10 Market segmentation A Higher managerial, administrative or professional B Intermediate managerial, administrative and professional C1 Supervisory, clerical, junior administrative or professional C2 Skilled manual workers D Semi and unskilled manual workers E State pensioners, widows, lowest grade workers.

11 Psychographic Segmentation
Groups customers according to attitudes, opinions and lifestyles Sports products aimed at different groups, football boots in a football magazine Attitudes used to segment the market Mobile phones offer internet access for business travellers Newspapers geared towards how people vote However, it can be difficult for businesses to collect this data and may require hiring in a specialist

12 Behavioural Segmentation
Segments on how consumers relate to a product Usage rate – consumers are categorised according to quantity and frequency of purchase (BA has executive club) Loyalty – The Tesco Clubcard offers discounts for loyalty to store Time and date of consumption – Bars encourage different groups on certain nights of the week On its own may fail to capture the target market so needs to be used in accordance with other methods

13 TASK Choose one of the products listed below and state how it has been segmented for the market.

14 Market Segmentation and strategy

15 Market Segmentation and strategy
Recap on segmentation Understand different marketing strategies Know targeting and positioning strategies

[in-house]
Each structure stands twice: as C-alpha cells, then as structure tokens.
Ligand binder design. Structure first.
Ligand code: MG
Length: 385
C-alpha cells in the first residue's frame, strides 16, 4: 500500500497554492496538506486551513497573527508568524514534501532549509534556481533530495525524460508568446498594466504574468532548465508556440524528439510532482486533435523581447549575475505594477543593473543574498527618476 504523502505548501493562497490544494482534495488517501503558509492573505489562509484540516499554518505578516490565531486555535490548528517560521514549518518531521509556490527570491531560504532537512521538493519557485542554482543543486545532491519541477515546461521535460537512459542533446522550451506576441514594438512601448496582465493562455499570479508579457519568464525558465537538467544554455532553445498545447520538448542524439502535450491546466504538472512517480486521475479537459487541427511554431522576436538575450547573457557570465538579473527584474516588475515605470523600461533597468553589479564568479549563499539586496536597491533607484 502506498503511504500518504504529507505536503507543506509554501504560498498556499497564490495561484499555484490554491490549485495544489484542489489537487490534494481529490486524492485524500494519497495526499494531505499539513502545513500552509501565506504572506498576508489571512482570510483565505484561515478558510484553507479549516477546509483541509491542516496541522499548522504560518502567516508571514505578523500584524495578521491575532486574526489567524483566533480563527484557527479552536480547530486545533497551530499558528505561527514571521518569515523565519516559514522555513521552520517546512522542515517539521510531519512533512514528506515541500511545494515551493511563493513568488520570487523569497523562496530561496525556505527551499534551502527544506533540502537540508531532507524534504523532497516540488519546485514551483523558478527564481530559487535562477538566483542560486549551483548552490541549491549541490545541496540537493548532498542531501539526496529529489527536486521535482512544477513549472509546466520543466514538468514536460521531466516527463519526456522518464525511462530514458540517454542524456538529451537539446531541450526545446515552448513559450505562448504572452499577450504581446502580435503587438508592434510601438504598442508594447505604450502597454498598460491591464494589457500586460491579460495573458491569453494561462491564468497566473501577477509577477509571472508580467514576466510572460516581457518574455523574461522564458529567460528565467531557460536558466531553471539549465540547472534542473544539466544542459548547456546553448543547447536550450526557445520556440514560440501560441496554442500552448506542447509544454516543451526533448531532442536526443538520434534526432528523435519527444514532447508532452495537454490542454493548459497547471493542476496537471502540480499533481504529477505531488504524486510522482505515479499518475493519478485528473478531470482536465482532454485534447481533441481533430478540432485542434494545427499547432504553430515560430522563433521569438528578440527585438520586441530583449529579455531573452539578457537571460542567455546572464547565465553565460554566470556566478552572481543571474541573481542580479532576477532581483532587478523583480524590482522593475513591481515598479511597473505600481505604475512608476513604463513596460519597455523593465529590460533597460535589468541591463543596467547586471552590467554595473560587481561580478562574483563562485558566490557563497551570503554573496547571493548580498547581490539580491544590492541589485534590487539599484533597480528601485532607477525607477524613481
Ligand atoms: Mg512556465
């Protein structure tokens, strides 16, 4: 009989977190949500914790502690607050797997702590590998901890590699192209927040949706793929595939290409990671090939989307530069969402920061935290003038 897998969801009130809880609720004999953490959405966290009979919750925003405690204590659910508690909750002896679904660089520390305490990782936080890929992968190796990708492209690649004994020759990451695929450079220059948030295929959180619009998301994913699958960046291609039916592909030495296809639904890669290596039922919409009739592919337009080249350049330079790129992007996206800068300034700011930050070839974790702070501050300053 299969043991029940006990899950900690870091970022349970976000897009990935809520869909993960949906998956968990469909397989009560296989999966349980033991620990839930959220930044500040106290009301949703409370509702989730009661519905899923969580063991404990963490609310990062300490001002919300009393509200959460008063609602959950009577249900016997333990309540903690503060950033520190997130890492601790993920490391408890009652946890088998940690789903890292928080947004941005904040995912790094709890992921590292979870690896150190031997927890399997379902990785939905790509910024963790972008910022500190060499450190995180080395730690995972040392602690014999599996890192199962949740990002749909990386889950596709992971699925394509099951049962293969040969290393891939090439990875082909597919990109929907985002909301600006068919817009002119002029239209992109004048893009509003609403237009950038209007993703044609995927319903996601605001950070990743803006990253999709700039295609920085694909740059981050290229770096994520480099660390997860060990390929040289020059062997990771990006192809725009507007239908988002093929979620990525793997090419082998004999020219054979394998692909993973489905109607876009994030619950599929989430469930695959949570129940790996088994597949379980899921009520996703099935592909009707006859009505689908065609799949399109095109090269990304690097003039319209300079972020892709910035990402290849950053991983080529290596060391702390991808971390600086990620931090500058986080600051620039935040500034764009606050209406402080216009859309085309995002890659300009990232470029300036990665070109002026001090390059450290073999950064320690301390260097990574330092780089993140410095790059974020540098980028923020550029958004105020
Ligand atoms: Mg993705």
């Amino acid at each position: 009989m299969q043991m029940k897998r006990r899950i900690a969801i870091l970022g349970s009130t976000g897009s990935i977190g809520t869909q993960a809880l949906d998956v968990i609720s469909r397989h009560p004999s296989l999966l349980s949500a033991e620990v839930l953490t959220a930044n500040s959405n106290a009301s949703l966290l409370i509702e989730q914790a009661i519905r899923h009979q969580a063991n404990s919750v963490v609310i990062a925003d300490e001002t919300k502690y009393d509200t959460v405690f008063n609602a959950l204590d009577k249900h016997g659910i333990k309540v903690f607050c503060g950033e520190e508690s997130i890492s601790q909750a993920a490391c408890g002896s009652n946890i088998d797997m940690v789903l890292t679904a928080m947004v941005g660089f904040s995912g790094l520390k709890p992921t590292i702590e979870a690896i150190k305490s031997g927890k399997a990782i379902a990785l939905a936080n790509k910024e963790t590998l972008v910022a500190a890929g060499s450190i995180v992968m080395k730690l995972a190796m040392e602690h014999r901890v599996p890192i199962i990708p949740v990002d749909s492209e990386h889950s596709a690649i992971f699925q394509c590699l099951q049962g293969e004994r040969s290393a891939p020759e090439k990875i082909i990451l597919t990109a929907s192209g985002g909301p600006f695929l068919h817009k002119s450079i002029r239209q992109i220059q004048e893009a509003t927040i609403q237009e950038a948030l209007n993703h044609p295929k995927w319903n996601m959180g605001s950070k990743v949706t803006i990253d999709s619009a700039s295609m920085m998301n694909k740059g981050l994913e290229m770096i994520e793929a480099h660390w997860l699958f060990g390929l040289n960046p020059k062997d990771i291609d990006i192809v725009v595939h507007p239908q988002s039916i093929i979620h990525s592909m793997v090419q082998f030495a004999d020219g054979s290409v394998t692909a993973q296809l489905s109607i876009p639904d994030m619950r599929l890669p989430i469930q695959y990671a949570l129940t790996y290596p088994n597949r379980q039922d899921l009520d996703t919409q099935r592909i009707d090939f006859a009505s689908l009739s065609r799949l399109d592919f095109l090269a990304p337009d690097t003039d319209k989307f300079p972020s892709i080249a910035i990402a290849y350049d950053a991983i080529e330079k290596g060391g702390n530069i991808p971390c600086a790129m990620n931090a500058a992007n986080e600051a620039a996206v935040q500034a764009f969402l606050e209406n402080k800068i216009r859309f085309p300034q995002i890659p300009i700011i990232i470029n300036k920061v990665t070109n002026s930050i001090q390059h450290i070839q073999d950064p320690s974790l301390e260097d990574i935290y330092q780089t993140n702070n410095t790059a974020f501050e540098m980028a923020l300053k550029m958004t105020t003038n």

16 Market Segmentation and strategy
How do they segment the market? Think of different Ford Products Who are their target market? Why do they have so many products?

17 Segmentation, targeting and positioning
Planning a marketing strategy Identify the market Market segmentation Developing customer profiles Evaluating market segments Market targeting Selecting market segments to target Positioning for each market segment Market positioning Developing a marketing mix for each target segment

18 Targeting Undifferentiated strategy :
Try to promote the business to the whole market, some newspapers for example Businesses producing commodities like oil do not need to produce products for specific market segments, PG Tips A detergent manufacturer might sell cleaning products to consumers and cleaning companies, but it could use different packaging for both products Concentrated strategy : Targeting just one market segment, Gucci

19 Targeting Differentiated strategy :